When David Walford was hired in 1994 as executive chef of the restaurant in the Chateau, a 65-unit luxury-condominium complex in Beaver Creek, Colo., he thought the owners wanted an Italian restaurant because they had named it Splendido.
“They said, ‘No, it was not going to be Italian,’ so I asked why the name Splendido,” says Walford, who became the proprietor of the restaurant in 2006. “They said, ‘Because of the splendid view and the splendid food you are going to make.’”
The dining room windows look out on the ski runs of Beaver Creek Mountain. The Chateau, built to resemble a French chateau, sits on a hillside just above Beaver Creek Village, a resort town that opened in 1980. Residents can ski in and out of the Chateau.
Walford has kept up his end of the bargain over the past 14 years, offering up consistently well-crafted dishes. The restaurant has earned repeatedly high marks from Zagat.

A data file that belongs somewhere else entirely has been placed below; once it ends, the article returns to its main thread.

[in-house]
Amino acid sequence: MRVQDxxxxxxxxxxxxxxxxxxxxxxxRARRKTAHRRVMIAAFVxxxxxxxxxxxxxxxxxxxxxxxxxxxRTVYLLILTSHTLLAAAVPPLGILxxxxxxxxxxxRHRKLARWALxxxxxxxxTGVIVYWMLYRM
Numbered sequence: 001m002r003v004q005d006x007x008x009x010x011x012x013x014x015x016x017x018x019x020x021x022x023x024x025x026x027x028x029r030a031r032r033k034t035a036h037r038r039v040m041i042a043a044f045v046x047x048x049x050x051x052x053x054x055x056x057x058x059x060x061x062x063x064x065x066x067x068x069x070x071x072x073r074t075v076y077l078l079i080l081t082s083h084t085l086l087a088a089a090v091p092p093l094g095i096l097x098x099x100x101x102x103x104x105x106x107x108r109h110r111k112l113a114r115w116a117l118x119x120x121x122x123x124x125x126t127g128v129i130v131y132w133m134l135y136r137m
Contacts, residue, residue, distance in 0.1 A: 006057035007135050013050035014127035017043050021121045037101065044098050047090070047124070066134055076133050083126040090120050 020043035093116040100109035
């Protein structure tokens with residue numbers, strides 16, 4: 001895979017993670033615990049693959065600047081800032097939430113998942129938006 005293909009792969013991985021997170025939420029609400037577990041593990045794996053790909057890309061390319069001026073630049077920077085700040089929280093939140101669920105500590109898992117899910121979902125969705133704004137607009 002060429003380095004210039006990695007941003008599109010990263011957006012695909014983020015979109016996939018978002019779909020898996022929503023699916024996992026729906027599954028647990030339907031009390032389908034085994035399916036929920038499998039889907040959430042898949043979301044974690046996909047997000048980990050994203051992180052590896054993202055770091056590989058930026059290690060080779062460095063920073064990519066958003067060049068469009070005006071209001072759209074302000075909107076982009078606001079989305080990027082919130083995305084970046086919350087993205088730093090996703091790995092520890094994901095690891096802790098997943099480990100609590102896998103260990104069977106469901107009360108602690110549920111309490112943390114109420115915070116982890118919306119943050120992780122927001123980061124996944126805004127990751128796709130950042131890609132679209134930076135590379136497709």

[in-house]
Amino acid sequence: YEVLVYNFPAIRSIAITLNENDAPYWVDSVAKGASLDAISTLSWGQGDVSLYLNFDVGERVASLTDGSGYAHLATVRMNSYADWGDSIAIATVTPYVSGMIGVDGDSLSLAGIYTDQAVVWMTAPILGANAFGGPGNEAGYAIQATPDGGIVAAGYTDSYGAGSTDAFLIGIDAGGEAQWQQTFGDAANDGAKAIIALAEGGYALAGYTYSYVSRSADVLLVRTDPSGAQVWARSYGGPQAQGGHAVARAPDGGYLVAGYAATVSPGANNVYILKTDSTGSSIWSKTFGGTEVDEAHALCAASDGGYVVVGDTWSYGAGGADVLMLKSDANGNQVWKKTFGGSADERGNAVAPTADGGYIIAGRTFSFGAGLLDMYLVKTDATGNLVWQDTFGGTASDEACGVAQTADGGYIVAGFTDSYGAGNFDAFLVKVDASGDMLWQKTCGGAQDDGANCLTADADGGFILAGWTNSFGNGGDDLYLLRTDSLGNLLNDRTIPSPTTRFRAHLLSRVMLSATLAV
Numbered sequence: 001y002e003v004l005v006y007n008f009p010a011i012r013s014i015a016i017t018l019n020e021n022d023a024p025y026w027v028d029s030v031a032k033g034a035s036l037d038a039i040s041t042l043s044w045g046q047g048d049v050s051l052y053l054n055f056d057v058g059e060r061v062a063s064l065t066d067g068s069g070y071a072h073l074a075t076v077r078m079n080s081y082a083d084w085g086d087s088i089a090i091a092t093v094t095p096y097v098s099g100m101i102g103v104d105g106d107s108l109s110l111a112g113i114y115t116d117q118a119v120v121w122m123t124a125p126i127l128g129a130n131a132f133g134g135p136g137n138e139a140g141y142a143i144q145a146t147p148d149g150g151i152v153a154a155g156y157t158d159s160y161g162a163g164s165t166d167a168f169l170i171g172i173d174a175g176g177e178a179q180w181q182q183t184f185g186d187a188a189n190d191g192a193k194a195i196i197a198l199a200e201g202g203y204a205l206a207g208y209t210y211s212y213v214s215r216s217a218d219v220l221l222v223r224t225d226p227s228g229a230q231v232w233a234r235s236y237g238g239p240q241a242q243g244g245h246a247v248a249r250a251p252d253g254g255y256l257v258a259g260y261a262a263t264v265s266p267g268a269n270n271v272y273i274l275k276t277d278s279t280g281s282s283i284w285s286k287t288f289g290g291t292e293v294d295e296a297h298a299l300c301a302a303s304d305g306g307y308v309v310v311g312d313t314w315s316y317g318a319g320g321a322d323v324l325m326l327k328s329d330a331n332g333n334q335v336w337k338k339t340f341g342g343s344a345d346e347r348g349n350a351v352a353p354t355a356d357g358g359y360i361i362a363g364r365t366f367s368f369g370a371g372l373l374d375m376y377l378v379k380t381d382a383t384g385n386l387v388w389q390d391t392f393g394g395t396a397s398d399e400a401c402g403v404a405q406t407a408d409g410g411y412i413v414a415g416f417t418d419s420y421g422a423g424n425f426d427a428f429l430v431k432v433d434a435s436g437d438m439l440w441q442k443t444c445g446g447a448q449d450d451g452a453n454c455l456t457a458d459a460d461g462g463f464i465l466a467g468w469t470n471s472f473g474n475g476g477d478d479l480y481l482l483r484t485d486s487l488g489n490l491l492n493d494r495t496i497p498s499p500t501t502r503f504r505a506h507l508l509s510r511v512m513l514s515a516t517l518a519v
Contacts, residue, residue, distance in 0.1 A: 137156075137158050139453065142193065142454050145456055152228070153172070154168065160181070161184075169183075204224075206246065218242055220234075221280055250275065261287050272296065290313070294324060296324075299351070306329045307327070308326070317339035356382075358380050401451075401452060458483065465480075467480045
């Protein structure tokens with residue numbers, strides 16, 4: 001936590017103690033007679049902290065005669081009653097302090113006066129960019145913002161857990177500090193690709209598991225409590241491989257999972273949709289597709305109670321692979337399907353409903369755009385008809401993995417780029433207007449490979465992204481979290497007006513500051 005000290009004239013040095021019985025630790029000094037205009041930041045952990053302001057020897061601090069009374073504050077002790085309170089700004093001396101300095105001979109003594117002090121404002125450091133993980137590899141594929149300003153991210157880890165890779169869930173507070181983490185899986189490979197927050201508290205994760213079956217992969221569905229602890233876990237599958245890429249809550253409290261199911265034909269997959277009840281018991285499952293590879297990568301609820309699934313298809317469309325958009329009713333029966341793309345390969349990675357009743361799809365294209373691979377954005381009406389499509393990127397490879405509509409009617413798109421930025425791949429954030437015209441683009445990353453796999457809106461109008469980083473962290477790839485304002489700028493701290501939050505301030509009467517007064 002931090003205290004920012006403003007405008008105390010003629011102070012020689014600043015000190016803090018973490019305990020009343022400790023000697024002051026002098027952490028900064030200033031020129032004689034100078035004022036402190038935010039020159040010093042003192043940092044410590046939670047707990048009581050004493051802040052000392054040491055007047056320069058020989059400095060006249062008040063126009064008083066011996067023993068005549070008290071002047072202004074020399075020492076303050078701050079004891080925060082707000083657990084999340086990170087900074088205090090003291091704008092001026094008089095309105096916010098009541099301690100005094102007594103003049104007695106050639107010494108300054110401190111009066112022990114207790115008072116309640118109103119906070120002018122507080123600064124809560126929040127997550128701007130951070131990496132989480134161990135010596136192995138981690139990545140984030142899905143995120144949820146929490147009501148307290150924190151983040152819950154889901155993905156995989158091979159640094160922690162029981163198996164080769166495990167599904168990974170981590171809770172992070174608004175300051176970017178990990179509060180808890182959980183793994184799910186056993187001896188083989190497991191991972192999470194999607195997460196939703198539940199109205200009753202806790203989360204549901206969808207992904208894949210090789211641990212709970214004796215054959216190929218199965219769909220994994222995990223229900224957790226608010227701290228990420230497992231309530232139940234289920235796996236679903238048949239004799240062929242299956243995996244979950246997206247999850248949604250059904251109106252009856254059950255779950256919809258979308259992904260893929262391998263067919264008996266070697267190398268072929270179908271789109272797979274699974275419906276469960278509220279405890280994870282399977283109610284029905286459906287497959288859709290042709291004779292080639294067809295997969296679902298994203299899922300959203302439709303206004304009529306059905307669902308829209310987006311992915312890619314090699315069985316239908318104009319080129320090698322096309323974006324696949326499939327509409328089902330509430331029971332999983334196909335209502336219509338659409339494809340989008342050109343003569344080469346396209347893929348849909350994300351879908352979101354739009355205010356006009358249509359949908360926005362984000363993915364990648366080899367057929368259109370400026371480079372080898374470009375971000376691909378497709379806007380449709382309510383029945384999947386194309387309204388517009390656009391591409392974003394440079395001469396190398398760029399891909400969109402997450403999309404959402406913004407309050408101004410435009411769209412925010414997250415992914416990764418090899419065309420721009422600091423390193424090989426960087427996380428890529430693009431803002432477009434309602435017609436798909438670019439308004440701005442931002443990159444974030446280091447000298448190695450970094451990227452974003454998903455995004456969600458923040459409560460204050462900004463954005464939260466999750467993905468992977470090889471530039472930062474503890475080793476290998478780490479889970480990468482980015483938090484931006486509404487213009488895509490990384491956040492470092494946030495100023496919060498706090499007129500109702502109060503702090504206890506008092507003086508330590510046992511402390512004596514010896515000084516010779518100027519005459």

Walford, who serves contemporary American cuisine, turned a hidden, residential restaurant into a fine-dining destination.
Having the freedom to develop Splendido’s cuisine was a clear advantage for Walford, who was trained in classical French technique and strongly influenced by California chefs early in his career. Born in Colorado but raised in Great Britain, Walford spent a year in France as an adult learning to cook once he decided he wanted to be a chef. He then went to Napa Valley in Northern California.
The restaurant at the Chateau was initially designed to serve the condominium residents. The condos go for upwards of $1,200 per square foot. Rental rates run about $1,000 a night during the ski season.
The restaurant provides residents with room service and catering, but it is also open to the public. The Chateau, however, is located on the hillside and off the beaten path of the village, where most of the restaurants are located. Enticing visitors to make the trek to the restaurant proved insurmountable for the first concept that operated in the space.